On January 31st, 20o3, fifteen years ago, Fr Werefried van Straaten went to his eternal rest. He had celebrated his 90th birthday just two weeks before his death.
Fr Werenfried van Straaten is almost a legend in the Catholic Church. A Dutch Norbertine priest, he has become known and loved throughout the world thanks to his powerful message of charity and love, and its fulfilment in the work of the charity that he founded in 1947, Aid to the Church in Need.
This was the man who urged his fellow countrymen to help the impoverished and starving Germans after the Second World War – calling for generosity, forgiveness and new hope, instead of bitterness and recrimination.
Although known to generations as ‘the Bacon Priest’ because of his practical approach to fundraising, Fr Werefried never neglected the spiritual hunger of the poor and dispossessed. While the charitable work that he founded on the ruins of Europe has continued to expand and flourish around the world, he has also remained a steadfast witness to eternal truths of the Catholic Faith – and his writing has been an inspiration to millions.
Later, during the years of the Cold War, he extended his mission to the countries behind the Iron Curtain; now his work often had to be carried out in dangerous circumstances, and in secret. Van Straaten’s unflinching anti-Communism during this period did not endear him to some more liberal elements in the Church, who referred to him dismissively as “the last general of the Cold War”. Often travelling illegally, trusting entirely in prayer and love, this giant of charity organised secret help from the West to the ‘Church of Silence’ in Eastern Europe during the bitter years of Communist persecution.
When the Russian troops retreated temporarily from Budapest in October 1956, Fr van Straaten made straight for the Hungarian capital.
In his haste, he forgot to take his passport and arrived in the white habit of his Order. For the first time he met the imprisoned Hungarian Archbishop Mindszenty, who made a deep impression on him; he later became the Archbishop’s spokesman in the West.
With the changes in eastern Europe, Fr van Straaten twice made extensive trips, when over 80 years old, to Russia and Siberia. On both occasions he met the Patriarch of Moscow, agreeing to give aid to a small number of Russian Orthodox projects. To some of his supporters, this was a step too far; but he explained that the duty to help the Orthodox Church in need was the same duty which had given birth to his work at the end of the Second World War; and his policy of Christian charity to the Russian Orthodox Church was sanctioned by Pope John Paul II himself.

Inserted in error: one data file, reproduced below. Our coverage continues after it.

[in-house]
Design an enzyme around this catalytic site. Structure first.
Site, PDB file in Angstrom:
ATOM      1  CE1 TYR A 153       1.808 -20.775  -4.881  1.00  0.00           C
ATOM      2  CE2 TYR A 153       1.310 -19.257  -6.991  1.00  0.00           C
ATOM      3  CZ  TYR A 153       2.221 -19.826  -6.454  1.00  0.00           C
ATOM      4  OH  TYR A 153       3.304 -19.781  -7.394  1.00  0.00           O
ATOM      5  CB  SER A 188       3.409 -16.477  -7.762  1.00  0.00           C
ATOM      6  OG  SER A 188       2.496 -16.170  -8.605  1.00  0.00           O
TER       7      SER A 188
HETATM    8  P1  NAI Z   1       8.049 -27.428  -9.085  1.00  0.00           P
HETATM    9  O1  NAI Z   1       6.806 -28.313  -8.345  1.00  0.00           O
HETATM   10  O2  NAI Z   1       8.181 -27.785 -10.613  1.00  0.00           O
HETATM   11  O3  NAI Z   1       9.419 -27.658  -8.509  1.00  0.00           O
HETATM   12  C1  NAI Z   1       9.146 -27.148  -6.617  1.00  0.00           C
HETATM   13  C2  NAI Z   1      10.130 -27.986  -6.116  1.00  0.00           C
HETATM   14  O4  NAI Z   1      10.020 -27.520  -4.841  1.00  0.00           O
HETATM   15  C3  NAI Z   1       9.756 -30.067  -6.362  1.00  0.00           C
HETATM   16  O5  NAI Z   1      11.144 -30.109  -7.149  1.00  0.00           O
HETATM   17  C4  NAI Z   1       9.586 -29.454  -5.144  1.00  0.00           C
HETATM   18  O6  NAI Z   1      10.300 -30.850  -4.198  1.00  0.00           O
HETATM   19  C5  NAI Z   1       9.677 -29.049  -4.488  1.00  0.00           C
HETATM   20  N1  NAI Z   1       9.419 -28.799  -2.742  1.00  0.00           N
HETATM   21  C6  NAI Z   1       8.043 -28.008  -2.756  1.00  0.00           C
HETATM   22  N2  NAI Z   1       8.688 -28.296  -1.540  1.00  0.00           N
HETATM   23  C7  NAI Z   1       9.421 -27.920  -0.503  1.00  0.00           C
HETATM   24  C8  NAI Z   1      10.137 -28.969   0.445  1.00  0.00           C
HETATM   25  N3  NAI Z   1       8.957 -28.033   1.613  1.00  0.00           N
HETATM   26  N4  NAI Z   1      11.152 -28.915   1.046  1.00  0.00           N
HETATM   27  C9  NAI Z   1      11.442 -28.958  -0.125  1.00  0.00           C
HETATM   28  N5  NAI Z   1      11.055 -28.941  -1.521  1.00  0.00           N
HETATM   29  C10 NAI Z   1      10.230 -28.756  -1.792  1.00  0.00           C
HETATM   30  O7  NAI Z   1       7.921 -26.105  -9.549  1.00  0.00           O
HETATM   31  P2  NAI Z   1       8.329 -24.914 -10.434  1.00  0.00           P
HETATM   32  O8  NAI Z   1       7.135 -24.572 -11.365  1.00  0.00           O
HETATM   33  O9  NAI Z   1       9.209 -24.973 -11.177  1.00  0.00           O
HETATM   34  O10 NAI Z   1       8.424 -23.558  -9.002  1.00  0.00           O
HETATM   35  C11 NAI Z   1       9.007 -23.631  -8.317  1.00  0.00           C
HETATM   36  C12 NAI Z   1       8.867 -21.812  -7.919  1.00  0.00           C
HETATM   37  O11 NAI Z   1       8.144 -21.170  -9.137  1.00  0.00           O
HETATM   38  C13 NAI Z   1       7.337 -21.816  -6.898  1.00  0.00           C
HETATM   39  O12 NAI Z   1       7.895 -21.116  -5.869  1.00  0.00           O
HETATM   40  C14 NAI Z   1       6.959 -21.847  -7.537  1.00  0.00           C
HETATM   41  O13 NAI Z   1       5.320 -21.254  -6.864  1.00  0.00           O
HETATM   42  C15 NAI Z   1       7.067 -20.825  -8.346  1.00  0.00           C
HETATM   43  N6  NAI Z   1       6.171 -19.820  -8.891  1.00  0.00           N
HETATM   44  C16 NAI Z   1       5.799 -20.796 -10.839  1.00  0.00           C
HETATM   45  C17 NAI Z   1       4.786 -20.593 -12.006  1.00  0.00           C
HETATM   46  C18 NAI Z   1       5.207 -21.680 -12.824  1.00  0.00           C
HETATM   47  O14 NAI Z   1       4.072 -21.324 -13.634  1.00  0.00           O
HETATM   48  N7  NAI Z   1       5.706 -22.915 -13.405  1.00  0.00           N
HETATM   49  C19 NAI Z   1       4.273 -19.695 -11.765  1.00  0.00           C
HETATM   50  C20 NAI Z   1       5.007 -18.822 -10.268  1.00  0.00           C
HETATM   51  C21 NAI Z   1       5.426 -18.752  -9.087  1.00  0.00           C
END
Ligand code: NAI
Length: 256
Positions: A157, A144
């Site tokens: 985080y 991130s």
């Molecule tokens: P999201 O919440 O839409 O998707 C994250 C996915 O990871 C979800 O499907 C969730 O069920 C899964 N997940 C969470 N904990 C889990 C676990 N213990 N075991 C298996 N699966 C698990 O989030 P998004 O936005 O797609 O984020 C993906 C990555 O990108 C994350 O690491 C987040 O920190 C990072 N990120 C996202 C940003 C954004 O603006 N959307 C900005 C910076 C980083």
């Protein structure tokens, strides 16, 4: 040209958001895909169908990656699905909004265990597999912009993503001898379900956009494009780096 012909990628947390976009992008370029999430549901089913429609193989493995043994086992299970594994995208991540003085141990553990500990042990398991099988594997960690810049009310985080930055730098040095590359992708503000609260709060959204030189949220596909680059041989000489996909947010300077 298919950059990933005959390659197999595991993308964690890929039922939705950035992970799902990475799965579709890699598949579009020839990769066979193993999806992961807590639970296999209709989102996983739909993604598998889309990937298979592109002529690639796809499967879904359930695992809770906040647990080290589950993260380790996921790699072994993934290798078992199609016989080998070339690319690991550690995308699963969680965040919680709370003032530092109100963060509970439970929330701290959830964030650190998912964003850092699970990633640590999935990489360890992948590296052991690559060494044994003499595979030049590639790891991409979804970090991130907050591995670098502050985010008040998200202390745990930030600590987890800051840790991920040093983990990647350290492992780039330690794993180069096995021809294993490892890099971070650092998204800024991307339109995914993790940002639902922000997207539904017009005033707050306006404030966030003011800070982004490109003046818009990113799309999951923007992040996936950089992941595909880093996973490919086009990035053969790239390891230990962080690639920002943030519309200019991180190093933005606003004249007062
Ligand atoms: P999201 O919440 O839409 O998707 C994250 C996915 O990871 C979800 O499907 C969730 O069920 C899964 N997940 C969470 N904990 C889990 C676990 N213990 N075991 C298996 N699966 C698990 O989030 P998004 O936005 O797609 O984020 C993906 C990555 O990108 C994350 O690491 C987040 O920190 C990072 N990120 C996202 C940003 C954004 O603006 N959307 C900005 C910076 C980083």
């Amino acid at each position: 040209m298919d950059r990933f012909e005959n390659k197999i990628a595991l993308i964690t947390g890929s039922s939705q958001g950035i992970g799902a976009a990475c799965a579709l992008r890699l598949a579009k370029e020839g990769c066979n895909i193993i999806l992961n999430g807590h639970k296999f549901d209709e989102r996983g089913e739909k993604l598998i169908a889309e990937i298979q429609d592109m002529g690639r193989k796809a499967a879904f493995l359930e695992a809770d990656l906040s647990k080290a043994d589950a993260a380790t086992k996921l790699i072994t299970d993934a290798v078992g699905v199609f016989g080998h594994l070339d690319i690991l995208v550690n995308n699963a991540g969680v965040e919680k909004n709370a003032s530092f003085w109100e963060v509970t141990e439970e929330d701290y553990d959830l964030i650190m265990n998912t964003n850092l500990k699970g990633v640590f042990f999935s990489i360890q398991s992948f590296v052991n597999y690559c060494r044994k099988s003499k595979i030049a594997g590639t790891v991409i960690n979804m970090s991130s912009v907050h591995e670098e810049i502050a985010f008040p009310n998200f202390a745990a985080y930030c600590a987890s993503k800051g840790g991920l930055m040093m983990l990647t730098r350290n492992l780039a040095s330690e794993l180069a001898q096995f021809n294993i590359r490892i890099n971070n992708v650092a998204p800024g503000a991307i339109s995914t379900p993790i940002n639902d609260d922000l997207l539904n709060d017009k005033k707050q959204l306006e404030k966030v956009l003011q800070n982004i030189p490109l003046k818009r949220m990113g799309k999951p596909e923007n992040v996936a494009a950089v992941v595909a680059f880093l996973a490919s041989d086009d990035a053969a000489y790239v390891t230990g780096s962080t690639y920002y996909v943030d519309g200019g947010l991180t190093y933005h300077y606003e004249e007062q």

Fr van Straaten had been on reasonably good terms with Pope John XXIII, who in 1962 asked him to extend his charity’s work to the Church in Latin America, and with Pope Paul VI, but he disagreed with their policy of seeking an accommodation with Communism. His greatest supporter was Pope John Paul II who, when Archbishop of Cracow, had defied the Communist authorities to build a church in the town of Nowa Huta. (For months he and his supporters carried out building work at night, while the Communists pulled down their efforts by day. The church had finally been completed, and reluctantly accepted by the Communists.)
In the post-Communist era many Catholics were forced to think again about van Straaten. He became a hero to hundreds of thousands of young Catholics and, before a series of heart attacks in the early 1990s, he was for a time a sought-after speaker at major gatherings of Catholic youth.
His life and work spanned one of the most desperate periods of the Church’s history; a period when against- all the odds- terror and despair were overcome by faith, hope and charity. He spoke steadfastly for the forgotten and the abandoned, and for the modern martyrs of the Catholic Church.